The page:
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The NYU Cinema Research Institute brings together innovators in film and media finance, production, marketing, and distribution to imagine and realize a new future for artist-entrepreneurs. 

Motivation and Transparency


Motivation and Transparency

Michael Gottwald, Carl Kriss & Josh Penn


In our previous post, “Data and Metrics in Film,” we discussed how filmmakers could gain a greater understanding of how to market their film by applying the same data and metrics methods commonly used by political campaigns. However, in order to gather information from audiences, people have to be motivated to participate in a campaign first. In this post we will look at how the Obama campaign used transparency to motivate people to participate in its campaign and compare how transparency in film can empower fans to get more involved in the distribution process. In both the 2008 and 2012 election, the Obama campaign pioneered efforts to be transparent about process and goals from the top down. Early in the 2012 election, Jim Messina shared the campaign’s strategy for winning the election in the video, "Paths to 270 Electoral Votes." Here is the link.

In the video, Messina uses 6 different electoral maps to make the campaign’s intended path to victory in battleground states completely transparent. Messina then makes a clear and direct ask for supporters to get involved. “We fund this campaign in contributions of three dollars or 5 dollars or whatever you can do to help us expand the map, put people on the ground to build a real grassroots campaign that is going to be the difference between winning and losing.” First, Messina makes the campaign strategy easy for supporters to understand then he provides clear direction for how they can get involved. The video empowers supporters to become active participants in the campaign by making them feel like they are an integral part of its success.

Similar to the Obama campaign, filmmakers are pioneering new efforts to make the goals and process for distribution transparent so fans can get more involved. For example, the filmmakers of the romantic comedy Sleepwalk With Me released a list of targeted IFC movie theaters that they wanted the film to play in, thereby being entirely upfront with their distribution goals for the film. With these targeted venues totally public, they enlisted fans to call, tweet or facebook message to request a screening of the film in the theater in their neighborhood. The website reads, “If your town isn’t on the list…you don’t have to take that lying down. Below is a list of theaters that run indie films, with their phone numbers, email addresses, and twitter handles. Call them, email them, tweet at them with the hashtag #BringSleepwalk.” Similar to how Messina empowered supporters by illustrating which battleground states they need support from volunteers to win, the filmmakers of Sleepwalk With Me were 100% transparent about their goal to have the film screen in targeted movie theaters. Also like Messina, the filmmakers make a direct ask for fans to get involved by calling, facebook messaging or tweeting their local movie theaters. Sleepwalk With Me was able to transform their fans from being passive consumers of the film to active distributors by being transparent about their goals and making a direct ask to their audience.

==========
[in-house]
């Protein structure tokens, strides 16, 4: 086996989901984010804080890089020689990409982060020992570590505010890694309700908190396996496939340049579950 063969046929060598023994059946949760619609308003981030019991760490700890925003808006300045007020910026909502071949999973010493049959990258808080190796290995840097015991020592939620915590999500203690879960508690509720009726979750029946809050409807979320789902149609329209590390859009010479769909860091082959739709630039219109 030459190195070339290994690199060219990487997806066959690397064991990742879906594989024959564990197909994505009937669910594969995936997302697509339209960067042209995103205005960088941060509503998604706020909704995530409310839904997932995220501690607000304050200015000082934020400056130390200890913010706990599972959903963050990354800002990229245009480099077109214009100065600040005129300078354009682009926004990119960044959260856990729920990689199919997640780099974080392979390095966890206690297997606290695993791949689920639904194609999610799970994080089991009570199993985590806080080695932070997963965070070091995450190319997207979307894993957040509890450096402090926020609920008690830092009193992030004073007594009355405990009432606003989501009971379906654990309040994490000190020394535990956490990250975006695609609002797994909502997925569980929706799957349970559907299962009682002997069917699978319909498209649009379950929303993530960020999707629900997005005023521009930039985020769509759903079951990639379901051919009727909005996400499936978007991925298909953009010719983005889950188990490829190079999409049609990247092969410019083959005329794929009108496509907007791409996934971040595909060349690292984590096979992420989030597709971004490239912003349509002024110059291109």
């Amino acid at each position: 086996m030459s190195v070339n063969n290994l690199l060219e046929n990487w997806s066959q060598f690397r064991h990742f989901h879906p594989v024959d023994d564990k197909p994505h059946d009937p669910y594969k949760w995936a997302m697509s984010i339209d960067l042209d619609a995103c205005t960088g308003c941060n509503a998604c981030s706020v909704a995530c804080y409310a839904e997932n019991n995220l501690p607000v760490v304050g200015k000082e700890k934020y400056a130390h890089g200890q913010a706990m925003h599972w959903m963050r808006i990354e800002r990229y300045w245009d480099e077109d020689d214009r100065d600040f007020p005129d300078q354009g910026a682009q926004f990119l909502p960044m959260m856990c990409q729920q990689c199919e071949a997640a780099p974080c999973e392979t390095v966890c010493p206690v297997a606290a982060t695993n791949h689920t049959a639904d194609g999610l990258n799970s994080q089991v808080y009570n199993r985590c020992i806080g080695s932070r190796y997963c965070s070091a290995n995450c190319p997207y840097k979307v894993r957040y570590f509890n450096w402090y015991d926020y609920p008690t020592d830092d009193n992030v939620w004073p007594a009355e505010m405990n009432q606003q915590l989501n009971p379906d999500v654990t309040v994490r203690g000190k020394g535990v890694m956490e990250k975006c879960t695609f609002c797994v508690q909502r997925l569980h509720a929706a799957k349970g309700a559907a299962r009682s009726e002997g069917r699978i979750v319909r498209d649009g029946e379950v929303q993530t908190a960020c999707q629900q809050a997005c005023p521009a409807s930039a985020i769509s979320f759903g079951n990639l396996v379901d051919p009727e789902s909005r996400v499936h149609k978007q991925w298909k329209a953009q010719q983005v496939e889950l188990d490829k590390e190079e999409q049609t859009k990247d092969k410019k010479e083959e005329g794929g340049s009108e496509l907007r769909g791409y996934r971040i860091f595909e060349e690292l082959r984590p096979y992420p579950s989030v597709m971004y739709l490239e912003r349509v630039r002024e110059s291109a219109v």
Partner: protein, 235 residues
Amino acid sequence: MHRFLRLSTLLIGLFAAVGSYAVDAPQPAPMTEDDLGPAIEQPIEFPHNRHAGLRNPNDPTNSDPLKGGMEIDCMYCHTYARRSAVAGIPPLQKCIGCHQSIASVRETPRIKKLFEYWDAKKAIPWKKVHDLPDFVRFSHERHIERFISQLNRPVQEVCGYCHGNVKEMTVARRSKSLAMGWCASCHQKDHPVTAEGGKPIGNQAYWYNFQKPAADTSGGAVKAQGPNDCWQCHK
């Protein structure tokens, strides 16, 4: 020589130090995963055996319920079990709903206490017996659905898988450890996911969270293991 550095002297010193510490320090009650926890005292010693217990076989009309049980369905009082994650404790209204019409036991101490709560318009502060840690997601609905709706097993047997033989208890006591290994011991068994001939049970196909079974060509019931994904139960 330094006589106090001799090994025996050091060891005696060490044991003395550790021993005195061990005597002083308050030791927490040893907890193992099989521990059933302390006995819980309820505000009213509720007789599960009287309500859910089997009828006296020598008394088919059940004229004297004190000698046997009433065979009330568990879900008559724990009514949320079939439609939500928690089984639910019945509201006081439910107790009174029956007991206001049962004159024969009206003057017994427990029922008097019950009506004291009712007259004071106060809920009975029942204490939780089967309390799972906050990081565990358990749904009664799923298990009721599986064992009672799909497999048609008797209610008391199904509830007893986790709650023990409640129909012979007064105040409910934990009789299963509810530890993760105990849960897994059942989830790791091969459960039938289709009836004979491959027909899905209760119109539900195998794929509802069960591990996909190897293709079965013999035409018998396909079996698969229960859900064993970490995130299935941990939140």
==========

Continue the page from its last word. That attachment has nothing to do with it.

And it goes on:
Whether a campaign is for a political candidate or to distribute a film, being transparent about strategy and goals is the gateway for making people feel empowered. What other parts of the filmmaking process can be made transparent to empower more fans? This will be a theme we explore in future posts.

-Josh, Michael and Carl